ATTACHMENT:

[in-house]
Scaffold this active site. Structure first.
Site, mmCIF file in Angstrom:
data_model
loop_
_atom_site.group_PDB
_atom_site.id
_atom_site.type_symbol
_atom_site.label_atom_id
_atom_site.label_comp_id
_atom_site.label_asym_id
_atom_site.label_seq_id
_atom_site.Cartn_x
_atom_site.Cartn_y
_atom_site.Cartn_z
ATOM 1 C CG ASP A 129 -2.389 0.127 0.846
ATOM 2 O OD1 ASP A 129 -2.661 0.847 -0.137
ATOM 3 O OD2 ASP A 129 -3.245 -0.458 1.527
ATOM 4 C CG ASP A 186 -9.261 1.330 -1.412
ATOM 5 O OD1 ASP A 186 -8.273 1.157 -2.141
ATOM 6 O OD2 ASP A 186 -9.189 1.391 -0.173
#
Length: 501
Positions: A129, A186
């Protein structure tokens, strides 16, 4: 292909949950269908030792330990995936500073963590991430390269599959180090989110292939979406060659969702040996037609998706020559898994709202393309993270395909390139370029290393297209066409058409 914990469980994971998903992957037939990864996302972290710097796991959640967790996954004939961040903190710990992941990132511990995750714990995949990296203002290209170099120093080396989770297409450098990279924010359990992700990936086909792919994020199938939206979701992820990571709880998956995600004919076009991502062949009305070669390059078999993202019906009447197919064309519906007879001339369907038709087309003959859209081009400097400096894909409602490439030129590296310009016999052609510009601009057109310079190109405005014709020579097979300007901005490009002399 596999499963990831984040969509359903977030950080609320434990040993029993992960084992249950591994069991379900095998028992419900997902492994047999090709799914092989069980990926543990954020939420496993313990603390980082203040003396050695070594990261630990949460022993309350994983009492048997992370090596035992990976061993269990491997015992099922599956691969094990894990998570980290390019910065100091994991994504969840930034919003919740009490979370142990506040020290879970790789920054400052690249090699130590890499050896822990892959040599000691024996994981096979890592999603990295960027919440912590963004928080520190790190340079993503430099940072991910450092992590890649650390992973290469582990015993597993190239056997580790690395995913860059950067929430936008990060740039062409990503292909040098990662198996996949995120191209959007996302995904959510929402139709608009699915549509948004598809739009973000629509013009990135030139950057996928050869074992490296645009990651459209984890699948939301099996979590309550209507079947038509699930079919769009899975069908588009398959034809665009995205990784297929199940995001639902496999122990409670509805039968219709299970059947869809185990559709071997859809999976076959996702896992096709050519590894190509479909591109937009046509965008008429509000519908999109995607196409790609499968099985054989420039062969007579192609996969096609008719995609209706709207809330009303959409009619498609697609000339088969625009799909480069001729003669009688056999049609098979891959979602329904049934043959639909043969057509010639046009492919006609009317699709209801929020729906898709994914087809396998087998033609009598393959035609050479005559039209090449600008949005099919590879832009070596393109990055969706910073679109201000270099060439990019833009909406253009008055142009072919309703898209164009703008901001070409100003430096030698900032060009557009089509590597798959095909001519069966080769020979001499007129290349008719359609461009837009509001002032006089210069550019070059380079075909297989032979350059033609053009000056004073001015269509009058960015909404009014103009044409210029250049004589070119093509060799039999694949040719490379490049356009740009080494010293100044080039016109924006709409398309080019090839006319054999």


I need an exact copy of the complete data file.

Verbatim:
[in-house]
Scaffold this active site. Structure first.
Site, mmCIF file in Angstrom:
data_model
loop_
_atom_site.group_PDB
_atom_site.id
_atom_site.type_symbol
_atom_site.label_atom_id
_atom_site.label_comp_id
_atom_site.label_asym_id
_atom_site.label_seq_id
_atom_site.Cartn_x
_atom_site.Cartn_y
_atom_site.Cartn_z
ATOM 1 C CG ASP A 129 -2.389 0.127 0.846
ATOM 2 O OD1 ASP A 129 -2.661 0.847 -0.137
ATOM 3 O OD2 ASP A 129 -3.245 -0.458 1.527
ATOM 4 C CG ASP A 186 -9.261 1.330 -1.412
ATOM 5 O OD1 ASP A 186 -8.273 1.157 -2.141
ATOM 6 O OD2 ASP A 186 -9.189 1.391 -0.173
#
Length: 501
Positions: A129, A186
């Protein structure tokens, strides 16, 4: 292909949950269908030792330990995936500073963590991430390269599959180090989110292939979406060659969702040996037609998706020559898994709202393309993270395909390139370029290393297209066409058409 914990469980994971998903992957037939990864996302972290710097796991959640967790996954004939961040903190710990992941990132511990995750714990995949990296203002290209170099120093080396989770297409450098990279924010359990992700990936086909792919994020199938939206979701992820990571709880998956995600004919076009991502062949009305070669390059078999993202019906009447197919064309519906007879001339369907038709087309003959859209081009400097400096894909409602490439030129590296310009016999052609510009601009057109310079190109405005014709020579097979300007901005490009002399 596999499963990831984040969509359903977030950080609320434990040993029993992960084992249950591994069991379900095998028992419900997902492994047999090709799914092989069980990926543990954020939420496993313990603390980082203040003396050695070594990261630990949460022993309350994983009492048997992370090596035992990976061993269990491997015992099922599956691969094990894990998570980290390019910065100091994991994504969840930034919003919740009490979370142990506040020290879970790789920054400052690249090699130590890499050896822990892959040599000691024996994981096979890592999603990295960027919440912590963004928080520190790190340079993503430099940072991910450092992590890649650390992973290469582990015993597993190239056997580790690395995913860059950067929430936008990060740039062409990503292909040098990662198996996949995120191209959007996302995904959510929402139709608009699915549509948004598809739009973000629509013009990135030139950057996928050869074992490296645009990651459209984890699948939301099996979590309550209507079947038509699930079919769009899975069908588009398959034809665009995205990784297929199940995001639902496999122990409670509805039968219709299970059947869809185990559709071997859809999976076959996702896992096709050519590894190509479909591109937009046509965008008429509000519908999109995607196409790609499968099985054989420039062969007579192609996969096609008719995609209706709207809330009303959409009619498609697609000339088969625009799909480069001729003669009688056999049609098979891959979602329904049934043959639909043969057509010639046009492919006609009317699709209801929020729906898709994914087809396998087998033609009598393959035609050479005559039209090449600008949005099919590879832009070596393109990055969706910073679109201000270099060439990019833009909406253009008055142009072919309703898209164009703008901001070409100003430096030698900032060009557009089509590597798959095909001519069966080769020979001499007129290349008719359609461009837009509001002032006089210069550019070059380079075909297989032979350059033609053009000056004073001015269509009058960015909404009014103009044409210029250049004589070119093509060799039999694949040719490379490049356009740009080494010293100044080039016109924006709409398309080019090839006319054999």